Out-of-the-Way Amusements: Shangri-La Paradise, Taiwan

I finish my posts about last year's Taiwan trip with the first place I visited: Shangri-La Paradise. It's a small theme park with a large garden located almost in the middle of nowhere.

To get there from Taiwan, I took a local train to a small, unmanned station, where I thought I could take a bus the 2-3km to the park. Asking around, it seems that there is no bus - perhaps they lied to me (, but that doesn't really matter. I asked at the police station and a taxi was called. I think this is the only taxi in Zaociao. Anyway, it wasn't expensive compared to Japanese or US taxis, and I arrived at the park pretty quickly.
 As you may notice from my other posts, several of Taiwan's parks have large gardens or estates, usually similar to European gardens. This park was no different, and one has to walk down a hill and then through the garden to get to the rest of the park. However, a shuttle train delivered me to the rest of the park pretty quickly. I'm not sure how often it runs.
 The garden is quite nice, though the weather wasn't very accomodating. A small bug decided to come out and enjoy a nice breeze.
 Carefully shaped shrubbery is scattered around the garden. But I'm not really here for that. I'm here for one thing.
 Blizzard is the park's only coaster. I don't know why I bothered to come all the way out to this park for one little coaster, but here I was, at 9 AM, looking to get a credit.
 It's a basic coaster that takes a long time to reach the top of the lift.
 Then it slowly inches its way off the edge and coasts around a simple layout before returning to the station. I don't know why all the riders avoided the front. Maybe it's because the coaster goes so slow at first? I think I rode the coaster only once or twice.
 The coaster is located next to a murky looking tube-boat ride. I'm not sure how sanitary the water is, but I wasn't planning on riding anyway.
 Closer to the front of the park is a large building with a bunch of other rides. There isn't a lot to choose from, but the circular ride on the left side of the screen was fun. It spins slowly in a circle and bounces up and down a bit, the goal usually being to throw you from your seat. They weren't successful on my ride - a handful of were on it at the time but we all hung on tight.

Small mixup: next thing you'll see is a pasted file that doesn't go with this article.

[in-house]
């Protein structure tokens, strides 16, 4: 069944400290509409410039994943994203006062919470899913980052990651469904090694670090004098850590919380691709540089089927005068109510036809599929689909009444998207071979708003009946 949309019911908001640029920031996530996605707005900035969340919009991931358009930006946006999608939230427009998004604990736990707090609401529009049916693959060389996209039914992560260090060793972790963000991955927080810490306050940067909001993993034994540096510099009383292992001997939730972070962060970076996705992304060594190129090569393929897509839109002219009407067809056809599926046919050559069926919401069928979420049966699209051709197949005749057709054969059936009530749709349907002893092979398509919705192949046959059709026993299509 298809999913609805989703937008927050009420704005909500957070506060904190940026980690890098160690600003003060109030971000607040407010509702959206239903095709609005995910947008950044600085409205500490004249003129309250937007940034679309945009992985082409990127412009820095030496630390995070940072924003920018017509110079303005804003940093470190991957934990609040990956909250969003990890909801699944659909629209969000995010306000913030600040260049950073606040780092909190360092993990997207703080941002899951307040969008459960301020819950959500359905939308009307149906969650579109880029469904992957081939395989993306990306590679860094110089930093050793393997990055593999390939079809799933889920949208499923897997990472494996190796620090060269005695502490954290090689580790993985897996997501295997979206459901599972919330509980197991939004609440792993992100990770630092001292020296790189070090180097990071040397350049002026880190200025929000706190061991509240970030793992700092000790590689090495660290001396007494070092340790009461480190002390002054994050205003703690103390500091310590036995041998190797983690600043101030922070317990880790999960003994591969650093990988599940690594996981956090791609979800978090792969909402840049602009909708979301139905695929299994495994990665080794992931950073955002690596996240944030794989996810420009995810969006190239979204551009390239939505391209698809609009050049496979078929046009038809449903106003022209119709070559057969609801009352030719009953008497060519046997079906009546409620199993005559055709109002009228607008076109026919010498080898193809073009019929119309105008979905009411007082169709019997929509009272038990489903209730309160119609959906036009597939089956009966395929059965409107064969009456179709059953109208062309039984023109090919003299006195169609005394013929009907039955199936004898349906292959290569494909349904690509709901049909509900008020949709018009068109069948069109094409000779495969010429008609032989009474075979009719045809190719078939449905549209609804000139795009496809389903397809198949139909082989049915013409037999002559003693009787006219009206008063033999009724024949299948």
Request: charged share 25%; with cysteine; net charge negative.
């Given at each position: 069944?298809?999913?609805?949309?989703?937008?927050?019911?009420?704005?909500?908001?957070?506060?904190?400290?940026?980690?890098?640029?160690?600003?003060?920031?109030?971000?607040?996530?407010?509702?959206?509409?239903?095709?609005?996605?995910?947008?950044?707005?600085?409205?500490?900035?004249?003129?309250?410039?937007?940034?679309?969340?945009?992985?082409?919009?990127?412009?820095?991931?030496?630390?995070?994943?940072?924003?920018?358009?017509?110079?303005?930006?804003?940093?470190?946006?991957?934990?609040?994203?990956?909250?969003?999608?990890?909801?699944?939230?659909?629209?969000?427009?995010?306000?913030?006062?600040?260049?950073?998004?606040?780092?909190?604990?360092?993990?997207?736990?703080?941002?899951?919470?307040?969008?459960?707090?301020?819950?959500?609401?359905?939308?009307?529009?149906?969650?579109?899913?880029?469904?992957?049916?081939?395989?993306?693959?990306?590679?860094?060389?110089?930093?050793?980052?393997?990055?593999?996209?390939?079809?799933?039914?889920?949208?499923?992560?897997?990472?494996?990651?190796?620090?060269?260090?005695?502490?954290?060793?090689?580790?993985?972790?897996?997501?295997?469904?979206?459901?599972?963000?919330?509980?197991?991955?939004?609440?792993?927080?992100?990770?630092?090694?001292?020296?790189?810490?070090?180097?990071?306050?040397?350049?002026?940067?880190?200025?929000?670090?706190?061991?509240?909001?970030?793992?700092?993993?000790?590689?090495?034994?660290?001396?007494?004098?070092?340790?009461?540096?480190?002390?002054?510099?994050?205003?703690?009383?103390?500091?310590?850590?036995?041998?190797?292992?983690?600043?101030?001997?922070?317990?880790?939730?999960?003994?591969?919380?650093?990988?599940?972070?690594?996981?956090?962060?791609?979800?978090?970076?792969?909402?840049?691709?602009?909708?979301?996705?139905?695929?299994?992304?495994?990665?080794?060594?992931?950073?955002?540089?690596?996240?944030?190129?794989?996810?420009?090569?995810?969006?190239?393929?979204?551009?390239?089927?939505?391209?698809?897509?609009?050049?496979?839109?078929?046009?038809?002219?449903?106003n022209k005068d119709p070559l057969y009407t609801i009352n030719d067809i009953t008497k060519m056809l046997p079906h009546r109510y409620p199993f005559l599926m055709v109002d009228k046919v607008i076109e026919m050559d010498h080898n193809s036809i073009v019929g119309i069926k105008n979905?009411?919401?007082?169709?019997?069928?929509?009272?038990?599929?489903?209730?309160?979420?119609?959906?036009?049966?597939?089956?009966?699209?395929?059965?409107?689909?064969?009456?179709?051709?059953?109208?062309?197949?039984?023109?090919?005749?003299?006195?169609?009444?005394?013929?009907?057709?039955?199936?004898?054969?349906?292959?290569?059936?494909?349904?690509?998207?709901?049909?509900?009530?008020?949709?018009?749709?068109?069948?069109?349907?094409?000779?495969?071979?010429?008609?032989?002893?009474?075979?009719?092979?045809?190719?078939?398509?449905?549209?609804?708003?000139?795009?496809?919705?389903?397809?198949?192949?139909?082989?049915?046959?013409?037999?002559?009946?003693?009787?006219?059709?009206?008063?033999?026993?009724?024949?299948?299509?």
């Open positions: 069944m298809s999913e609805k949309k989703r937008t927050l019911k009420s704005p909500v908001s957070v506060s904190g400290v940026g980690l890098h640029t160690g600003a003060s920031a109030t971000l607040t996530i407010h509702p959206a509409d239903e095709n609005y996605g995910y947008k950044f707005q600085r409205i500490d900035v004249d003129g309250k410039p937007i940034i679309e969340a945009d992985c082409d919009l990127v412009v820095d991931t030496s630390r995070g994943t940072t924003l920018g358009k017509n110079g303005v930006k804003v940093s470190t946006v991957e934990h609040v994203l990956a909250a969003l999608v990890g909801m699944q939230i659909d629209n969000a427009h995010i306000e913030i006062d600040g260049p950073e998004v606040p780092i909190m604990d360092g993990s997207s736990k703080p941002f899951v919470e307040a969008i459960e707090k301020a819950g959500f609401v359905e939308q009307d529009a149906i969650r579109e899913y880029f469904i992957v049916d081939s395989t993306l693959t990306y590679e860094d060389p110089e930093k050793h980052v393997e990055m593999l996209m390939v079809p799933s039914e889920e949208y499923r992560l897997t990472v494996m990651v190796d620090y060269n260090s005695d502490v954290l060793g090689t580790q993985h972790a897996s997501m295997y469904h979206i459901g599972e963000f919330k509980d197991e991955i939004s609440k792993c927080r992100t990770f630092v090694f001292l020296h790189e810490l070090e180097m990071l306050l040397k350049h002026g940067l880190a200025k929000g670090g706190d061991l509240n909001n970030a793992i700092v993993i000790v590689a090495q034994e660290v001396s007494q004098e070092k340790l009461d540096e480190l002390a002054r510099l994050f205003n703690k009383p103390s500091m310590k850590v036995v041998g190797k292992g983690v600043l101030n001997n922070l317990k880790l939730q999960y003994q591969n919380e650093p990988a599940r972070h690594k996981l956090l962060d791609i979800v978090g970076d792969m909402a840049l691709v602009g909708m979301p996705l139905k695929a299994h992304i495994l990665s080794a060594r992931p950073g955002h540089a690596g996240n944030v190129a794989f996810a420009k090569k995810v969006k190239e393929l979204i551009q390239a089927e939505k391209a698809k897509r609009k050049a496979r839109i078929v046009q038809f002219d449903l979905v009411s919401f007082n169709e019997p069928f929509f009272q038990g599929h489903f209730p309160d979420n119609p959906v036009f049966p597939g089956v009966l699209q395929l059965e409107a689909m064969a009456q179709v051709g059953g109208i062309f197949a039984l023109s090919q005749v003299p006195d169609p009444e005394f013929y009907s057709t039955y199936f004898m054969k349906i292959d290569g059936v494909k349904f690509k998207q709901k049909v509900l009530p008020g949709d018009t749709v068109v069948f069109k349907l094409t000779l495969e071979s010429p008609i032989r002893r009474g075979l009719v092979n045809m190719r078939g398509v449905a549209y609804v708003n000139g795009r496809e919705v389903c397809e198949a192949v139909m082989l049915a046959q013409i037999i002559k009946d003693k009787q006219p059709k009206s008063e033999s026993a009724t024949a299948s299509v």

Here are a photo from the ground of some riders waiting to start.
 Next to it is one of these spinny carnival rides. It's not that interesting to me, so I passed.
 The building, which is more of a pavilion, has a large stage and seating area which has a few shows. And a slow balloon ride around the inside of the building - it goes outside on the opposite side of the building for a little while but due to the trees you don't see much.
Upstairs in one part of the building is a bowling alley and arcade. You could probably watch the show from the railing too.
 China is famous for pandas, and Taiwan is almost China, so it makes sense there are random pandas here.
 Even hula dancing pandas surrounded by happy cows!
 Those pandas sure look like they are having a lot of fun!
 Walking back toward the garden and the exit, I saw the water park area with a castle. It wasn't operational when I was there, but given the overcast weather it probably wouldn't have been busy. That said, it looked like it was closed for a period of time as I think the pools were drained or at least quite low.

There isn't a whole lot to do at the park, but my tight schedule that day allowed me only a very limited amount of time. If I had had more time, I probably would have stayed to see a show. Also, it seems that the park as a whole is much larger than I was able to see, and there might be some historical or cultural artifacts to look at. And then there's the garden which is great for strolling.

I must say the staff here was very friendly, especially what must have been a manager working in the front office. He was very accommodating given the serious language barrier and everyone was very helpful in getting me toward the rides. On the same note, since I left so early, the same manager gave me two return passes for free which I hope I am able to use at some point in the future, because I'd love to spend more time at the park.

The park is open from 9-5 daily, with admission at NT$400-500. The closest rail stations are Zaoqiao and Fengfu. I highly recommend having the park's name written (in Chinese) along with a Chinese language map, and be prepared to ask for a taxi at the police station in Zaoqiao. As I mentioned, there might be a bus; you can ask at the tourist information center in Taipei. If you're going just for the coaster, you can be in and out pretty quickly, but it is a time eater due to transportation. The shows look interesting though and it might be worth it to stay a few hours and enjoy the rest of the park too!

That should wrap up my Taiwan trip! After nearly 40 posts since late July, I've finally reported on all the locations I visited and the experiences I have had. While the trip had its ups and downs, overall I had a good time there is still a lot I want to do or even return to. But there's still a lot of Asia to explore, and next year I hope my travels will bring me to Bangkok, Singapore, Hong Kong, and South Korea (for a return trip!). And then there's Beijing, Shanghai, Vietnam, Malaysia...

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